Zimbabwe: Minerals Benefit Program Launched

1 October 2020

A local organisation has launched a campaign to enhance community benefit sharing from mining revenue.

Launching the program during the ongoing Zimbabwe Alternative Mining Indaba (ZAMI), Publish What You Pay (PWYP) Zimbabwe coordinator Joyce Machiri said the program aims to crystallize advocacy work based on imperial research which shows gaps in community benefits from natural resource extraction.

Machiri said the main launch will be complementary to research findings on a study of transparency and accountability legislation and policies in the mining sector.

She noted that the campaign will ensure greater advocacy and lobby work to push for community participation in revenue generation and distribution from the lucrative mining sector.

"Transparency and accountability are key facets of just, equitable and sustainable exploitation of natural resources, which entail community sharing revenue from the extraction of finite natural resources, said Machiri.

"The benefit-sharing campaign on transparency and accountability is critical at this point in time we are running this to mainly inspire mining revenue transparency and sharing in the extractive sector in Zimbabwe.

"We aim to lobby and advocate policymakers to review benefit-sharing laws and policy frameworks in Zimbabwe.

Machiri noted that they seek to raise awareness in government on the gaps of mineral revenue transparency and benefit-sharing legislative framework and also mobilize CSOs and communities to support the campaign to ensure that the mining sector benefits all.

She said the strategy will enhance advocacy work policy in the sector around community participation in mining revenue generation and distribution as the economic development of the country is underpinned by the mining sector.

"We have done a study on community benefit sharing looking at the situation in Zimbabwe and we realised that there is need for us to run with a campaign on issues of community benefit sharing basing on our mineral endowments.

"Economic recovery is anchored on mining, there are issues to do with corruption, illicit flows and mismanagement of financial revenues which is costing the citizens from befitting from mining proceeds.

"We also have weak legal, institutional and policy framework that is not very strong in promoting issues of transparency and accountability in the mining sector," she said.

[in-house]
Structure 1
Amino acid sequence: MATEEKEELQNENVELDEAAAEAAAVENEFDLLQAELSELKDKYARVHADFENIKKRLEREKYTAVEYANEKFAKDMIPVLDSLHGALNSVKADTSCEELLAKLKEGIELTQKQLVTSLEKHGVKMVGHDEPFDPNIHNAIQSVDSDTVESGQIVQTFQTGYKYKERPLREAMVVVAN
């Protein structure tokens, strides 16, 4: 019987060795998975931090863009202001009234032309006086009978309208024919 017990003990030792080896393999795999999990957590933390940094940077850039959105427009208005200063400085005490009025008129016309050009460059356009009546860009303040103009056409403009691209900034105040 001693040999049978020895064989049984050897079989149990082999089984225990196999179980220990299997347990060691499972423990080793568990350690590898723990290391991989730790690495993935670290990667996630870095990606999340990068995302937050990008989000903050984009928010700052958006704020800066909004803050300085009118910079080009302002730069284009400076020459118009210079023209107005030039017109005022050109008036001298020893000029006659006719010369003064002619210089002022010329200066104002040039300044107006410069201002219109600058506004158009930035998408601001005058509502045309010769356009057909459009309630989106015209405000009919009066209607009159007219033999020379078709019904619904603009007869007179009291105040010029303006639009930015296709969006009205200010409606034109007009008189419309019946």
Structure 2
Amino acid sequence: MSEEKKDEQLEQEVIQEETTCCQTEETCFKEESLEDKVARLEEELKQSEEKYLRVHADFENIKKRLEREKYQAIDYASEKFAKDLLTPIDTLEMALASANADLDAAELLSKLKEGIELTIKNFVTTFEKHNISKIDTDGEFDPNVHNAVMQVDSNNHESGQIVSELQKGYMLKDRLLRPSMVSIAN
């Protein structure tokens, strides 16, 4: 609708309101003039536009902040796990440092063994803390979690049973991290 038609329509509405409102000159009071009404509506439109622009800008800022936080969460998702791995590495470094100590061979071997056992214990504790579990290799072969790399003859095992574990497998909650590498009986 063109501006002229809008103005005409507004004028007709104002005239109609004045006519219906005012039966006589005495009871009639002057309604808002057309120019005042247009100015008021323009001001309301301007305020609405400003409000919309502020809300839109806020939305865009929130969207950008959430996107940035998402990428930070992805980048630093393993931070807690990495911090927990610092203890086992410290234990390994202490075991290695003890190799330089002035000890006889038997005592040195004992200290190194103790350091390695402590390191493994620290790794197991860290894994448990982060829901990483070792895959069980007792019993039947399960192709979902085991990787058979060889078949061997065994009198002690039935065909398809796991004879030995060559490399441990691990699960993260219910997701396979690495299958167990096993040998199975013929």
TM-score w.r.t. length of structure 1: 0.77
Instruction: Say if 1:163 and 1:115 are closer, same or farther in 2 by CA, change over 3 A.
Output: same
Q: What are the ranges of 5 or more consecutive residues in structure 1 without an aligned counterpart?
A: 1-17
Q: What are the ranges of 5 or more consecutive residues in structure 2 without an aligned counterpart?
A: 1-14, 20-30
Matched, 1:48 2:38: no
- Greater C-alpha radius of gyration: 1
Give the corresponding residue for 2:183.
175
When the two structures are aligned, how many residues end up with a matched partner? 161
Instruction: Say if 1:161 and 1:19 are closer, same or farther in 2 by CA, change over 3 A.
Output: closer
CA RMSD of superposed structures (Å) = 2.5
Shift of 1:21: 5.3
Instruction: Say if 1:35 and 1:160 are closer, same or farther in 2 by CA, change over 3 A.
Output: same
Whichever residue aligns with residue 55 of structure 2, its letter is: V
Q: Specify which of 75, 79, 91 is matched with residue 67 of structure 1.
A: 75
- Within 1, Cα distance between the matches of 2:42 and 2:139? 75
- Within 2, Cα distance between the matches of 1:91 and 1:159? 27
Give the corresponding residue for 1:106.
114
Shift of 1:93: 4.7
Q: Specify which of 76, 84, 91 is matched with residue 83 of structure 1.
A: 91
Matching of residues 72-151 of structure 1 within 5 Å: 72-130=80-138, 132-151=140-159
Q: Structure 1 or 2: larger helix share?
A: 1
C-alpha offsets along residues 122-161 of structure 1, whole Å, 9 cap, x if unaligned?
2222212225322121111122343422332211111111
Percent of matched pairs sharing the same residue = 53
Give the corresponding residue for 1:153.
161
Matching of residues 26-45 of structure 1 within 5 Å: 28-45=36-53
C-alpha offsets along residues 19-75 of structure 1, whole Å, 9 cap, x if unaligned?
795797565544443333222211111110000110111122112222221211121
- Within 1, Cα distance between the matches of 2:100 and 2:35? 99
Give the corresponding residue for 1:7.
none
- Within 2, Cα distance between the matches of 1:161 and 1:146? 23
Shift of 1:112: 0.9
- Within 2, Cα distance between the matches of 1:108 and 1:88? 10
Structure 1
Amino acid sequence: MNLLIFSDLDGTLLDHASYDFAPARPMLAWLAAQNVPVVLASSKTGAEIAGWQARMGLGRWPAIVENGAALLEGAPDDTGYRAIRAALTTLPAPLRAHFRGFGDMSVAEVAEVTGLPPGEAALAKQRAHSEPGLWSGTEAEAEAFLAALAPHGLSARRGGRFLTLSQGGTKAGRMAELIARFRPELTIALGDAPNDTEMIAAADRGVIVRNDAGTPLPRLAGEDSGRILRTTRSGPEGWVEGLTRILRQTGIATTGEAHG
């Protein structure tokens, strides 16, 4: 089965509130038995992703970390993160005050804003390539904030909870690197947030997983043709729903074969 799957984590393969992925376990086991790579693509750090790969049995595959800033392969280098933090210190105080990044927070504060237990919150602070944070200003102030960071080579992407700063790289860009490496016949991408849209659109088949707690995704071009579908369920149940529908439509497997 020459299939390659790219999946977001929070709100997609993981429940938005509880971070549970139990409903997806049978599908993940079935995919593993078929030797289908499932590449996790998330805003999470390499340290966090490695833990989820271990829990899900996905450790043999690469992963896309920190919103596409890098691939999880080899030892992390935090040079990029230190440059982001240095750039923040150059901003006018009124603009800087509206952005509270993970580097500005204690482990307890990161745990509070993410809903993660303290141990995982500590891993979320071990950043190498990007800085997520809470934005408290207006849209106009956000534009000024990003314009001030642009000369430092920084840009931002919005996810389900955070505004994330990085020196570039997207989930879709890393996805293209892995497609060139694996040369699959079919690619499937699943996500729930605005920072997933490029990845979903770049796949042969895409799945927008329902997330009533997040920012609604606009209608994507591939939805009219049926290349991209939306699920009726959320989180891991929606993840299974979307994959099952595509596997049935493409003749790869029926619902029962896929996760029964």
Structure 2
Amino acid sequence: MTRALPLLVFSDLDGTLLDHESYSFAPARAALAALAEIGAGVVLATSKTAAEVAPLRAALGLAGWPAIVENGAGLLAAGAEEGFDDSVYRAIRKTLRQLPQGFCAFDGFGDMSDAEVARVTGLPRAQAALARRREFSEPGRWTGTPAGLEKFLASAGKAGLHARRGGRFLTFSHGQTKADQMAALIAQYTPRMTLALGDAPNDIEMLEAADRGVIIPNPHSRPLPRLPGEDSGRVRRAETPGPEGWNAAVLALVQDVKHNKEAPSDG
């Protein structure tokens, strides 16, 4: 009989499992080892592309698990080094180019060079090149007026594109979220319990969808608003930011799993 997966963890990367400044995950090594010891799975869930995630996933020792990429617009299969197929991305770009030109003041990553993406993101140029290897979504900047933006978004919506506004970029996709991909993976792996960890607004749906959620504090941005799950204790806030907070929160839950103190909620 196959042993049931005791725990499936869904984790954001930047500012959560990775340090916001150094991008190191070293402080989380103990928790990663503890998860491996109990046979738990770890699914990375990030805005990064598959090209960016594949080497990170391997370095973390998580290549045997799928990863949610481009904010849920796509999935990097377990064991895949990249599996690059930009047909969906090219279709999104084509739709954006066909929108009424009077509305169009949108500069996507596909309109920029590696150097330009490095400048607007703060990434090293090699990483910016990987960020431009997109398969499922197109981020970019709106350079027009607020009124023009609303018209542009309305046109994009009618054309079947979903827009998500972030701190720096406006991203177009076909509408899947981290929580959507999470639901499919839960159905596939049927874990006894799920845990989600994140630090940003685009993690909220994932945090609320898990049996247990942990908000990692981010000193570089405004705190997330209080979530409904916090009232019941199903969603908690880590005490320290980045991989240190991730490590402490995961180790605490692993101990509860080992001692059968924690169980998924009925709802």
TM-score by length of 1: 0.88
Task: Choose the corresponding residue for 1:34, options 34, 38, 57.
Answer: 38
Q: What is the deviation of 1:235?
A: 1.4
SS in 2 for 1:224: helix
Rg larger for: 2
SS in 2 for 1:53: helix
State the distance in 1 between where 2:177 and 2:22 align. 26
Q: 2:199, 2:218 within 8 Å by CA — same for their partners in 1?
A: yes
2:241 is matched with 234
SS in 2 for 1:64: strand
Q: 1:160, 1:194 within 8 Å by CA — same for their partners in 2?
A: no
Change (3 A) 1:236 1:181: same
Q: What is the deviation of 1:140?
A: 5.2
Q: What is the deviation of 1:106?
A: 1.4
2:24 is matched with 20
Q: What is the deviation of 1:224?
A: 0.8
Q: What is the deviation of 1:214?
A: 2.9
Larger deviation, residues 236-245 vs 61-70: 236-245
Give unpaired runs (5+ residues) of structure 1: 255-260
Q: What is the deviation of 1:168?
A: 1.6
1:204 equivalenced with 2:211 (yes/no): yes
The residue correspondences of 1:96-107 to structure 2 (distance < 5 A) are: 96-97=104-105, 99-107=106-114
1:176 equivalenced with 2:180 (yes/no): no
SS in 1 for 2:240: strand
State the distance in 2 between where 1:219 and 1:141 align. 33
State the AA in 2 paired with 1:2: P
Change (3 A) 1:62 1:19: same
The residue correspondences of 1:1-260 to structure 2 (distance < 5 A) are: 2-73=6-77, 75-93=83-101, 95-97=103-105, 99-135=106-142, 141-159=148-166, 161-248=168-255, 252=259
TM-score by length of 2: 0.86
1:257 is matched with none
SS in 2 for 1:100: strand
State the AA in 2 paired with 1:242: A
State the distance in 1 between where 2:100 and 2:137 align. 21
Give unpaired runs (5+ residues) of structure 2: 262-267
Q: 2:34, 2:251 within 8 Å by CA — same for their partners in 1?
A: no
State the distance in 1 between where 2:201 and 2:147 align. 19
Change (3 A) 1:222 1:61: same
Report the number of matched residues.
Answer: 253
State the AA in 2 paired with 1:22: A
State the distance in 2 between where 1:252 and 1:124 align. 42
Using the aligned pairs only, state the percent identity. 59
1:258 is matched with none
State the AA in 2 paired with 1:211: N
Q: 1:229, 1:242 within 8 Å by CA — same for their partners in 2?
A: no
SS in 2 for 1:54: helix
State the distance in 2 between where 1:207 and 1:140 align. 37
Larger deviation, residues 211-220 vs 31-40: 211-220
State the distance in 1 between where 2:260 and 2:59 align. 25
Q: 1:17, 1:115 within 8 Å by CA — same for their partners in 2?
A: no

Farai Mutondoro coordinator of African Institute for Environmental Law added that the existing legal and policy framework shows that there are robust laws which can enhance transparency, benefit sharing and accountable management of natural resource revenue.

Mutondoro led research 'A critical analysis on the existing legal and policy provisions on transparency and accountability in the Zimbabwean mining sector' Policies are policy gaps a research consultant for the study

He said the framework of the laws should leverage on the avenues provided by international transparency initiatives, utilize data for greater impact advocacy, capitalise on the political capital and provisions empowered by international and regional treaties like the African Mining Vision (AMV).

Parliament threw its weight behind the initiative with the Budget Finance Parliamentary Portfolio Committee saying such initiatives bring impetus to the representative work of parliament to ensure communities benefit.

"This is a noble initiative, as Parliament, we need to partner such campaigns and take a leading role in such campaigns so that we move the agenda to deal with transparency and accountability.

"We need to include what emanates from such initiatives and the platforms like ZAMI and input contributions into the budget processes, as we start the process of the 2021 budget," said we need Felix Mhona, chair of the portfolio committee on budget finance.

Publish What You Pay (PWYP)Zimbabwe Alternative Mining Indaba (ZAMI)

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